Northern Waterfalls Round III
Ffrwd Ferin/Rhaeadr Myherin, Nant Chwarelmelyn, Rhaeadr Nantcol, Pistyll Dû, Pistyll Gwyn, Amarch Fall, Dolgoch Falls, Llam Lloi, Nant y Cafn Falls, Pistyll y Gyfyng, Water Break-its-neck. Picking up some stragglers.
Most of these are not particularly long walks, as the intention was to visit as many as possible within just one weekend. Therefore, the chosen routes are always the shortest possible routes to the waterfalls. You may want to come up with more imaginative routes that take in more sights.
Ffrwd Ferin/Rhaeadr Myherin and Nant Chwarelmelyn
The name "Ffrwd Ferin" is used on the 1:10'000 scale maps, but the waterfall is better known by the name "Rhaeadr Myherin".
- Weather about as bad as it gets, as we started through Fagwr Fawr (near Dyffryn Castell, on the A44 near Ponterwyd), towards the slopes of Lluest yr Ochr and Y Glog. Gale force winds, and low rainclouds. We had hoped to use the forestry tracks to cut walking distance, but access is not permitted.
- Small waterfall on Nant Rhys.
- The path begins easily enough, but deteriorates after passing over a stile. From there, we just had to try to follow the most appropriate sheep track until we saw the first of the Llynnoedd Ieuan lakes looming out of the fog. Really, that's a lake there. The wind at the edge of the ridge was strong enough to knock us off our feet, needing a lot of effort to remain upright and progress towards the edge on our return. We estimated it at 60 MPH (27 m/s), with 70 MPH (31 m/s) gusts. Absolutely ridiculous, but easy to see why they chose to build the Cefn Croes wind farm up here.
- After a long trudge along very soggy paths, we reached the head of Ffrwd Ferin/Rhaeadr Myherin, where all remnants of path finally died out. To get this view, I had to skirt the edge of the chasm, and make my way through the trees (some of which were in the process of being uprooted by the wind), then descend a really unpleasantly steep ridge. Most visitors will not be able to get a view this good. This waterfall totals 70 metres high, in four plunge falls, a 40 metre horsetail, and a cascade. For scale, the smallest trees at the top are still taller than a human.
- After the river makes its way around the ridge I was on, it drops down a long, continuous cascade, dropping 30 metres. Below that are a few smaller cascades, not worthy of the effort to reach them, but they may be visible from the path and forestry tracks that run at the bottom of the chasm.
- On the far side of the chasm, Nant Chwarelmelyn cascades down about 15 metres of falls to join the Afon Myherin (later called the Merin, and then the Mynach). Some distance beyond that is the Rhuddnant Gorge, which also seems to contain some reasonably big waterfalls - these will be picked up on a later visit, as there is no easy route from here (though there are some paths leading back up from the bottom of this chasm, to the forestry tracks which lead to the Rhuddnant).
A revisit to pick up the waterfalls I missed in "Round II". Again, I wish to reiterate that the official car park belonging to the campsite at the bottom of the gorge is overpriced, and denies access before 10:00. The best approach for proper walkers is to park just after the nearby village of Cefncymerau Uchaf, and take the path over open access land to the top-most cascades, then continue downstream to the head of the gorge. These pictures are shown in the opposite direction.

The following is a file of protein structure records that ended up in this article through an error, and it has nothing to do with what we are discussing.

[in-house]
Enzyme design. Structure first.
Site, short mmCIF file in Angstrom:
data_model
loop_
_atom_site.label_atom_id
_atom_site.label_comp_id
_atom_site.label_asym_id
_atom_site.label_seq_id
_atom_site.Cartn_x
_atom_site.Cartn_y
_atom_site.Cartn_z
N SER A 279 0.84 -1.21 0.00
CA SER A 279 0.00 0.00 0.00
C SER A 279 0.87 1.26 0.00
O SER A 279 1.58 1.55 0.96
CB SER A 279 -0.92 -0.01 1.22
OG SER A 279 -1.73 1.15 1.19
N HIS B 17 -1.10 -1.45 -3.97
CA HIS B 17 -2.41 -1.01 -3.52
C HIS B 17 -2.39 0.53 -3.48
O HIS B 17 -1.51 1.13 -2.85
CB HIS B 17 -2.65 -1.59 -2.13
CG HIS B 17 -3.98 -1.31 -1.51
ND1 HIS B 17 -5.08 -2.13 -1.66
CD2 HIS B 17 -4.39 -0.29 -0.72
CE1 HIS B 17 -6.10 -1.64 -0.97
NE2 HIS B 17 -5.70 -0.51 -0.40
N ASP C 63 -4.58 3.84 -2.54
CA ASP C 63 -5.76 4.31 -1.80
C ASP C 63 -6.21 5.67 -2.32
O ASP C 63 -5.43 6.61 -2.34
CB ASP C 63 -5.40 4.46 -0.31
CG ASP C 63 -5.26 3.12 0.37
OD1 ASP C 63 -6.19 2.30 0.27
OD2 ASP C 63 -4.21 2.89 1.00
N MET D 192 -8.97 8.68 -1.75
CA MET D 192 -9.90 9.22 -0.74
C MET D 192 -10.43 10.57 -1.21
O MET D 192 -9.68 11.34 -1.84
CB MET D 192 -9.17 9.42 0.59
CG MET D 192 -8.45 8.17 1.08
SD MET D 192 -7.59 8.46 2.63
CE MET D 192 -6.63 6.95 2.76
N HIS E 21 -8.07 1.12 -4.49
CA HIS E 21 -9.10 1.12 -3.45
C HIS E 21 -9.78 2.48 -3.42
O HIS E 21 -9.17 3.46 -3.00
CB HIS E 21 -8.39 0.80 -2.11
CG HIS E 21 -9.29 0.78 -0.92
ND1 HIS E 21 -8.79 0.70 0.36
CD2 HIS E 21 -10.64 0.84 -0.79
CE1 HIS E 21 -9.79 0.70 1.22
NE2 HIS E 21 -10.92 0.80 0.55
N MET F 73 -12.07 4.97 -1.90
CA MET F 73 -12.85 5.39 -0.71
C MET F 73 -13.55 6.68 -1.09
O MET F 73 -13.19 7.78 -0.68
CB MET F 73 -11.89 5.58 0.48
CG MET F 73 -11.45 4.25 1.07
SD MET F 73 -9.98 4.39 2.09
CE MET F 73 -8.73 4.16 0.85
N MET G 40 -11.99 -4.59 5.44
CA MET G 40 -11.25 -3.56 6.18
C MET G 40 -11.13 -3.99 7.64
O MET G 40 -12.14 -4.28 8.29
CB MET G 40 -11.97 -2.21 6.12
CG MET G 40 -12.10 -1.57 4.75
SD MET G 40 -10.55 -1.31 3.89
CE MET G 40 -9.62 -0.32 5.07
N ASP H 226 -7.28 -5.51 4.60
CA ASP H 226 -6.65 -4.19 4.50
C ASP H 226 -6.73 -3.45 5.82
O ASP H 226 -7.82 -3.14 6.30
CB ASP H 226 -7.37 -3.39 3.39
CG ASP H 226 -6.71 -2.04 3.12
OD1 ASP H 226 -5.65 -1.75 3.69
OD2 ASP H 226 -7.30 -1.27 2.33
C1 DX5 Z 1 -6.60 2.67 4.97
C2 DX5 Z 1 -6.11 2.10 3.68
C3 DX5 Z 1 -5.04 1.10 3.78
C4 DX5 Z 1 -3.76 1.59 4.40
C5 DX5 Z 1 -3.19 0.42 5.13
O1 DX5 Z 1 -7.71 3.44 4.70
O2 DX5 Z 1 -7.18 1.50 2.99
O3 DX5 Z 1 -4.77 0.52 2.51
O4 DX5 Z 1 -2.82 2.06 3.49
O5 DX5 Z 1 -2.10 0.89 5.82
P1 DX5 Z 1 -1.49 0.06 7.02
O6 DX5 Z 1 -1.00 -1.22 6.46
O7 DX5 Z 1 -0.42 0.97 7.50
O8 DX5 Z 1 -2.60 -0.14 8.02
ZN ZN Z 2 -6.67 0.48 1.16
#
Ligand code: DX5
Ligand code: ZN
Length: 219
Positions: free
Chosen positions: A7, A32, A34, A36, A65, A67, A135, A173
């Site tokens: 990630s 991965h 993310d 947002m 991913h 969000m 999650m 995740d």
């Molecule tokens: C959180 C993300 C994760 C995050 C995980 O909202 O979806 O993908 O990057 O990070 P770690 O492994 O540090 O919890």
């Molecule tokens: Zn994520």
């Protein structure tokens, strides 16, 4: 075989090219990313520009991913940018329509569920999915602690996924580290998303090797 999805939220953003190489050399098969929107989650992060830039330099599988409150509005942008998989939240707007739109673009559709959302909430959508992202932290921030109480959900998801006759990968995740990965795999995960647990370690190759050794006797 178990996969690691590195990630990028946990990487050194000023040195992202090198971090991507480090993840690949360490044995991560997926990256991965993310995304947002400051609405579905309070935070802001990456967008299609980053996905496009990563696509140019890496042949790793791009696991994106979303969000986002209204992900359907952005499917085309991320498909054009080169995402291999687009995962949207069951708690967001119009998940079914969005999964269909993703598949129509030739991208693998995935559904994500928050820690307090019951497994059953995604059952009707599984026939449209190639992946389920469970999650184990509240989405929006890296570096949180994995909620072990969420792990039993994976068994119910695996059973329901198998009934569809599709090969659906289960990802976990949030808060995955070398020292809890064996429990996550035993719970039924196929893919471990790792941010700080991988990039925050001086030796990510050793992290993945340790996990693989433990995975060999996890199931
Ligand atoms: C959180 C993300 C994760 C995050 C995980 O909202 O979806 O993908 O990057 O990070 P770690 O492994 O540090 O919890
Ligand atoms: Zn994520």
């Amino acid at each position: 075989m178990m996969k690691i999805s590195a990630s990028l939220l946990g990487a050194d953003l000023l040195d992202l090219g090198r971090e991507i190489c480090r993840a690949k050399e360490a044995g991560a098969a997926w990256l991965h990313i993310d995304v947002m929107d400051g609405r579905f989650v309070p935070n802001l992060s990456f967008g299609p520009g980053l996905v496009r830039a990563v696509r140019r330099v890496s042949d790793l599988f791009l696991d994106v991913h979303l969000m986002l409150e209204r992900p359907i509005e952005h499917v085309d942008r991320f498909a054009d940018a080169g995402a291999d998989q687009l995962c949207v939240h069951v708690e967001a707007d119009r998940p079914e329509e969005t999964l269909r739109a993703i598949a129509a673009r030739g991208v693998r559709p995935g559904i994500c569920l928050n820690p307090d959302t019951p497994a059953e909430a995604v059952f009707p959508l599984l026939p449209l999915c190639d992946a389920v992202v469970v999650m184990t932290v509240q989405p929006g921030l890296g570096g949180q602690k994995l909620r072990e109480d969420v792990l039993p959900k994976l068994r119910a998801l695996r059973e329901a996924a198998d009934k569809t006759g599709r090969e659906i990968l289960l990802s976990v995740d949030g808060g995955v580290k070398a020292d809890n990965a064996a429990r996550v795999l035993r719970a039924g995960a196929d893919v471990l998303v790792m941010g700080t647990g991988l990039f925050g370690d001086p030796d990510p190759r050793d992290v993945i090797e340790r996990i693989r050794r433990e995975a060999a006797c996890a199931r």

- The cascade at the lower end of the gorge. The open access land ends just downstream of this, after the path descends to this viewpoint.
- First of the Rhaeadr Nantcol waterfalls. The gorge is about 12 metres deep here (quoted as 15 metres, to make it sound more dramatic), and the waterfall is about 3 metres tall. It is barely visible from the path, but earlier this year, two people died while apparently trying to get a view from the top of the gorge. Be careful.
- Cascades in the gorge. These are not visible from the gorge top.
- Upper cascades, visible from the top, by scrambling carefully down the gorge.
- The top-most waterfall, the most graceful of all, and visible from the path. The total height of this set is about 5 metres. There are further cascades upstream, covered in "Round II".
- Although the map shows a concessionary path on the easier side of the gorge, and we got to it by fording the river and scrambling the gorge sides, we later found that access permission had been revoked. In doing this, they have made it far more dangerous for normal visitors to try properly viewing the Nantcol waterfalls, and substantially reduced the potental for good views. Guess you will have to be satisfied with these pictures then.
- Moody skies and approaching rainstorm over Tremadog Bay at Morfa Harlech.
Pistyll Gwyn, Nant Llyn-du
- Heading to Graigddu-isaf in the forests at Crawcwellt in the Rhinogydd range. Most of the range can be seen from here; Diffwys (750 metres), Crib-y-rhiw (670 metres), Y Llethr (756 metres), Rhinog Fach (712 metres), Rhinog Fawr (720 metres), then a long bumpy ridge which manages to obtain two mountain summits near its far end, at Moel Ysgyfarnogod (623 metres) and Foel Penolau (614 metres).
- From the car park, walk directly to the farm along a track then boggy path. Turn left on a dirt track, then turn right onto a path that skirts the edge of their property, to follow a stream on the other side. This leads up to the 4 metre Pistyll Gwyn, a silly name meaning "white waterspout", shared with several other waterfalls in this area. It is also referred to as "Rhaeadr y Pistyll" on the route signs, which is even more silly, meaning "the waterspout waterfall".